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Keywords:

  • atopic dermatitis;
  • CD69;
  • cytokine;
  • eosinophil activation;
  • hypoproteinemia

Abstract Background: There is increasing concern in Japan over infants with atopic dermatitis (AD) who present with severe systemic complications, such as hypoproteinemia, electrolyte disturbances, and delayed growth and development. They are often associated with extremely increased numbers of circulating eosinophils. However, the clinical significance of eosinophil expansion has not been thoroughly investigated.

Methods: This study attempted to determine the significance of eosinophilia and eosinophil activation in infant cases of AD by comparing multiple clinical parameters, indexes of eosinophil activation, and levels of serum cytokines. CD69 expression was determined by flow cytometry. The clinical severity of AD was graded by the severity SCORing of atopic dermatitis (SCORAD) method. Patients were classified into two groups, with and without CD69 on eosinophils. Nuclear lobes were evaluated under a microscopy. Serum levels of eosinophil-derived neurotoxin (EDN), interleukin (IL)-12, IL-18, IL-4, IL-5 and interferon (IFN)-γ were determined by enzyme-linked immunosorbent assay.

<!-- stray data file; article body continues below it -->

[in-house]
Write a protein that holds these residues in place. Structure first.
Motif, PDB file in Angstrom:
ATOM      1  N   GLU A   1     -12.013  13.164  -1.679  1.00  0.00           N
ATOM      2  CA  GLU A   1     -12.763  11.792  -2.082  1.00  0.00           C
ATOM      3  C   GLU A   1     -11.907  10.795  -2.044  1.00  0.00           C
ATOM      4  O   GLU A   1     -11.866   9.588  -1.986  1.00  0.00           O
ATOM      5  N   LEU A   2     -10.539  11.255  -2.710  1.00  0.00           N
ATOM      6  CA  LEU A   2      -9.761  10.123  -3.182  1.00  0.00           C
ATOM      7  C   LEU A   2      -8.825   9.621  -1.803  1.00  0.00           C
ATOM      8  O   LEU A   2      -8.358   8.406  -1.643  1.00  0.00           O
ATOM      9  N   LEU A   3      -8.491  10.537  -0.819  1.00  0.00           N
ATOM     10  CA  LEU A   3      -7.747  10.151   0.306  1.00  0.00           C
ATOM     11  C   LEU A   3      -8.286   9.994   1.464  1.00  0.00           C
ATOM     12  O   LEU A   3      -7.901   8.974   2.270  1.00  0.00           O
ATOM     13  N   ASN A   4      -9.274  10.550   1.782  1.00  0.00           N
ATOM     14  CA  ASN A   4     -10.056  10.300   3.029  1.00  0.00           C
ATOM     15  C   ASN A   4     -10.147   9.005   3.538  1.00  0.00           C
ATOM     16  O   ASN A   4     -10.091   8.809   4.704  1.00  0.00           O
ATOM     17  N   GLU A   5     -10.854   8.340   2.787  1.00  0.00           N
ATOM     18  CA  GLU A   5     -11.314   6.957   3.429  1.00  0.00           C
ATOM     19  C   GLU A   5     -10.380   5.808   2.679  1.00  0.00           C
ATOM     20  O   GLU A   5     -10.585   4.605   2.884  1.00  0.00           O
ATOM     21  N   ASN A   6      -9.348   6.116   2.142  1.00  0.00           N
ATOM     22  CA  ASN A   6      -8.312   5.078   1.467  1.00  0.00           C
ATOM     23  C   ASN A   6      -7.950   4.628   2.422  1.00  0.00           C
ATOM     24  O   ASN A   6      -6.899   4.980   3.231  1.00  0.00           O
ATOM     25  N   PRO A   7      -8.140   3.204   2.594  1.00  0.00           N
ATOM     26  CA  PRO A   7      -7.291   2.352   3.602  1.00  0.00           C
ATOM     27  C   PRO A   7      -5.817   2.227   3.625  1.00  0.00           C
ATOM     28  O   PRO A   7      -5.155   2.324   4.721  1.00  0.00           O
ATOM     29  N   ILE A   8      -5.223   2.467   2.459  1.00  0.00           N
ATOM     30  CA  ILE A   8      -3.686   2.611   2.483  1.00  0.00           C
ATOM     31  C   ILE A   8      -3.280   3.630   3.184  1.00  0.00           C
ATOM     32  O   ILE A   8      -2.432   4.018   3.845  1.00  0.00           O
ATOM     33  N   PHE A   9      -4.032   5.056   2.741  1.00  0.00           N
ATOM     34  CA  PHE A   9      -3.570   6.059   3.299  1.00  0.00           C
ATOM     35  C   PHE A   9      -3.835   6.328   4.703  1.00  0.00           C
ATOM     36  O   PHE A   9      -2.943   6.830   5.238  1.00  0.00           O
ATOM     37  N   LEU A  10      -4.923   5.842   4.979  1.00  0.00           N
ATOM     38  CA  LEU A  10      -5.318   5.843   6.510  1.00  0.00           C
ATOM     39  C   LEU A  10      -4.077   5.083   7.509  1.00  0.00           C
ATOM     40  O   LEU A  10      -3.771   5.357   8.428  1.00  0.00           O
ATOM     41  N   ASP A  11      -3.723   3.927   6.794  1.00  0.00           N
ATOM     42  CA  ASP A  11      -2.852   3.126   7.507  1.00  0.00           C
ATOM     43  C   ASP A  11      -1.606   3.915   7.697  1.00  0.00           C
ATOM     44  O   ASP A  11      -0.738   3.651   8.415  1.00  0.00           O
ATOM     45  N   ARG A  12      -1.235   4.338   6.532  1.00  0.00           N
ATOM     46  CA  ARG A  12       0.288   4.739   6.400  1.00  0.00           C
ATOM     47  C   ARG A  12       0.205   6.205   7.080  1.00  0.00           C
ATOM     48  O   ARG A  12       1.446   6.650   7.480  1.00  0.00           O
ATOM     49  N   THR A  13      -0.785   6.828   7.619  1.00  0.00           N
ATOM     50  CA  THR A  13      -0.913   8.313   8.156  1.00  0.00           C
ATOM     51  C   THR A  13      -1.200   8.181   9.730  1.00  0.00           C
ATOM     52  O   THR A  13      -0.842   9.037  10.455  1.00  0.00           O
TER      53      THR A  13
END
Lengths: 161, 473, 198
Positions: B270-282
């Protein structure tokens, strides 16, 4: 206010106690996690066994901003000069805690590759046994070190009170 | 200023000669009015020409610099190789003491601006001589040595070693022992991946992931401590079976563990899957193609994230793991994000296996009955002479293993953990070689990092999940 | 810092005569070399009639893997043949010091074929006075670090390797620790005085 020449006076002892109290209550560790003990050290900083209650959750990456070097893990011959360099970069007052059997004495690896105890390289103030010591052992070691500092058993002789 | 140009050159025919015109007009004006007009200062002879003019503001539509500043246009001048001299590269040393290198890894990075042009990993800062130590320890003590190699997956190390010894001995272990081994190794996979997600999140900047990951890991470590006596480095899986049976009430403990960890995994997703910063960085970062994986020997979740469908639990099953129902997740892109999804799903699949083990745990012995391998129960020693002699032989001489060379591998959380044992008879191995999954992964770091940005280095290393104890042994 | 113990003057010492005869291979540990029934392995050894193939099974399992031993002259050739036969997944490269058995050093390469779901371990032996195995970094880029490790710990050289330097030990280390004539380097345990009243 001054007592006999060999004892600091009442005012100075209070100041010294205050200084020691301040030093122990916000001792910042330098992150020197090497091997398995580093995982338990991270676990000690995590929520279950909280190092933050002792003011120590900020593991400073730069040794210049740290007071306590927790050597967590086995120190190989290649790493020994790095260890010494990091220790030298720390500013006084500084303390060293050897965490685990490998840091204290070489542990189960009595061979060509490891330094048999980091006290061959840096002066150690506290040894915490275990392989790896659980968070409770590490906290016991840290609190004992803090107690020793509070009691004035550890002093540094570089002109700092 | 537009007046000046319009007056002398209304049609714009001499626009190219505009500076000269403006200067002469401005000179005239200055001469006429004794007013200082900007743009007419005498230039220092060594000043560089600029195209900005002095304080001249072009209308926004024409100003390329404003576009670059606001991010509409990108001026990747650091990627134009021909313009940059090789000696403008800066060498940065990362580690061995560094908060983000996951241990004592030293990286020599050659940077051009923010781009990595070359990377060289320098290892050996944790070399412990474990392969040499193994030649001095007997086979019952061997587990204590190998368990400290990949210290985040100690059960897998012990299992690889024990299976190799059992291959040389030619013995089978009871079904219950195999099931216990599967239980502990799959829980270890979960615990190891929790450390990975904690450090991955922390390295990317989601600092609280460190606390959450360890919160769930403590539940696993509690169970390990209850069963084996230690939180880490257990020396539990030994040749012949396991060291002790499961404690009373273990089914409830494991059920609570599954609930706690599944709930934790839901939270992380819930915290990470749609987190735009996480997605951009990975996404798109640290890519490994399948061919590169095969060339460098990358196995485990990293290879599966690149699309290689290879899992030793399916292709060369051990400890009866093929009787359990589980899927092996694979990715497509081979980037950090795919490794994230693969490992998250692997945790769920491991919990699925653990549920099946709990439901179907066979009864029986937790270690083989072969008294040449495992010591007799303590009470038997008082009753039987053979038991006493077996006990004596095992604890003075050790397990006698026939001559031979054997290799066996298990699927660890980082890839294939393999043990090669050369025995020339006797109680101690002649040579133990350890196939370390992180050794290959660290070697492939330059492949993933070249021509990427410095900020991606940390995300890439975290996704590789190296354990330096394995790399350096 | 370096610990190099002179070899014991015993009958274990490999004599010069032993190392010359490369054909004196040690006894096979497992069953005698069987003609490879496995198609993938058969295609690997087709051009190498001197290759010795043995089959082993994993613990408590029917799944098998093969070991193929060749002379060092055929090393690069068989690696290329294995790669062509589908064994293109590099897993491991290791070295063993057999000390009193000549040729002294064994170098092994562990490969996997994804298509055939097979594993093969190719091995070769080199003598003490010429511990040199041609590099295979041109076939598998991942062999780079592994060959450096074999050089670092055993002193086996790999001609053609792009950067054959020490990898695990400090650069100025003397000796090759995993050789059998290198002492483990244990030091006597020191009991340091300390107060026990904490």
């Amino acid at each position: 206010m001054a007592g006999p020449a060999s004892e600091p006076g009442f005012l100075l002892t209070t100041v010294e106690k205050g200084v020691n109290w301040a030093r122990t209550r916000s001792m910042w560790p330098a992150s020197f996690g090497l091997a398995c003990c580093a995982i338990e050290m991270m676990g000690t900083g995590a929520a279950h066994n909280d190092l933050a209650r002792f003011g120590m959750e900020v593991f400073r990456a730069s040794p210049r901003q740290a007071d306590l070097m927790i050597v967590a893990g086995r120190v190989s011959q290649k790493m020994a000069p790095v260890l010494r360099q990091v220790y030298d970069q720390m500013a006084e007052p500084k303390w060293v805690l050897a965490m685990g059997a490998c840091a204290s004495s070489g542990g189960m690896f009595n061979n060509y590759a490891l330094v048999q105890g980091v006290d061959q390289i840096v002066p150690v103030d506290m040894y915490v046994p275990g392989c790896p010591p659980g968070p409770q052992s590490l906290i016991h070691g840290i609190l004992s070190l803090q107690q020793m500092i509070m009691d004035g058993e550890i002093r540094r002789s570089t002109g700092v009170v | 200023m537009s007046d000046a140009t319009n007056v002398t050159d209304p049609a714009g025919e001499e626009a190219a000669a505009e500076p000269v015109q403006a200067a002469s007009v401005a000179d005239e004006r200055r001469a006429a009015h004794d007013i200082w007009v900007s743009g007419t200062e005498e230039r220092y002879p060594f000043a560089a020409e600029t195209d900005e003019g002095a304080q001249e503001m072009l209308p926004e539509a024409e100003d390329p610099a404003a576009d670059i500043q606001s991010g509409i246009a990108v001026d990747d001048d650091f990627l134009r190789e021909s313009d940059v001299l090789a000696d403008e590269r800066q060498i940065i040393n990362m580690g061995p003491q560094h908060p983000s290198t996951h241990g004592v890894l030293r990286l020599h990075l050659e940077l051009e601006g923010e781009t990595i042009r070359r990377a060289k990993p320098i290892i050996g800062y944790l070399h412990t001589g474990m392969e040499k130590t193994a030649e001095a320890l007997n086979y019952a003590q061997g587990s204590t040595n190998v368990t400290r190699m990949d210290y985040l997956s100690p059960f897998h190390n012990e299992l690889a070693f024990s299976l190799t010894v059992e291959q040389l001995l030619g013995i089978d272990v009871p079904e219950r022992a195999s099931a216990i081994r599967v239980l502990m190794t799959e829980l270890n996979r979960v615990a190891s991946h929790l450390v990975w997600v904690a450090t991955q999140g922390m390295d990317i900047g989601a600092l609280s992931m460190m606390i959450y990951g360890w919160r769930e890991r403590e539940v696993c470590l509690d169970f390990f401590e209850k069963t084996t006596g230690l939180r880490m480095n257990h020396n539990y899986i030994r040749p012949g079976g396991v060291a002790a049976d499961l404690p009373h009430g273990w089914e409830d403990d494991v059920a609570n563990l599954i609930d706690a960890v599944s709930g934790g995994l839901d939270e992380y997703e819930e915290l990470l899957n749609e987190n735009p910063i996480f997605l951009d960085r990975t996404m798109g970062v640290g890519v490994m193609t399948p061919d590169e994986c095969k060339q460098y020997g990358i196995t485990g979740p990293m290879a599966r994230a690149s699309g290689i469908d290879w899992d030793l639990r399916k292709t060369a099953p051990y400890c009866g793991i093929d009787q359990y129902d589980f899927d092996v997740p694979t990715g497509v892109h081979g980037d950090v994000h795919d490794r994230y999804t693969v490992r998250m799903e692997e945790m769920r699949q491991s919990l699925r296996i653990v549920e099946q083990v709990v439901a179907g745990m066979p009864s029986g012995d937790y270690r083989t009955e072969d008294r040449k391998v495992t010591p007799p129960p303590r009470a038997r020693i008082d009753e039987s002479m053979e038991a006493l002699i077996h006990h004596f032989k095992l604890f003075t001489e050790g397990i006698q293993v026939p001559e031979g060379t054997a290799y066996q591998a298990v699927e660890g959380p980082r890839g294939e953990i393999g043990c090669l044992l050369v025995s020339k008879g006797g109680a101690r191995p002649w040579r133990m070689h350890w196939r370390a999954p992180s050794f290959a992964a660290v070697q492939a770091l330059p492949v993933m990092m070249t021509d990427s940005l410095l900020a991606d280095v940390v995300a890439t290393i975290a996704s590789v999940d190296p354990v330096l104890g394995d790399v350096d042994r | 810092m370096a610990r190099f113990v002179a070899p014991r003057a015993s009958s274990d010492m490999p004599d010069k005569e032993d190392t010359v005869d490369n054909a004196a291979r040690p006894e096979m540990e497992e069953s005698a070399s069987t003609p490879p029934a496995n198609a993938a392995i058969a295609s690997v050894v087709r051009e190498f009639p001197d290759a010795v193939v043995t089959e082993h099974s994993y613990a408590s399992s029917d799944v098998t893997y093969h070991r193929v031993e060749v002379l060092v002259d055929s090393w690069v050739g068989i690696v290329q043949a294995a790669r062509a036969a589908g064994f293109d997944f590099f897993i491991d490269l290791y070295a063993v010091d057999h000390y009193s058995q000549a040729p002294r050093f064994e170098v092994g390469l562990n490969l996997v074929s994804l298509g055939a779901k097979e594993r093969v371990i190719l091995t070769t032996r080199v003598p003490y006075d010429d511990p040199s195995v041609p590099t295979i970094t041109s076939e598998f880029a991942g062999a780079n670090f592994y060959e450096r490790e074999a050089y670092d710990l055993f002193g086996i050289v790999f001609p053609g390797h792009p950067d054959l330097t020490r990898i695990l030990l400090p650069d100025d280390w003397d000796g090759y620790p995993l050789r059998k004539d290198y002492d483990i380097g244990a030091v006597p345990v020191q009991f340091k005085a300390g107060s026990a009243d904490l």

Results: Patients with CD69-positive eosinophils had significantly higher numbers of eosinophils and platelets, total IgE, and eosinophil nuclear lobes. They also showed growth failure, developmental delay, low serum albumin, and electrolyte disturbances. EDN and IL-18 levels were significantly increased in this group, but the levels of IL-4, IL-5 and IL-12 were not significantly different between the two groups. IFN-γ was not detectable in all patients with AD. Surface expression of CD69 indicates intense systemic allergic inflammation induced in severe cases of AD.

Conclusions: Evaluation of eosinophil activation and early therapeutic intervention is mandatory for the treatment of severe AD during infancy.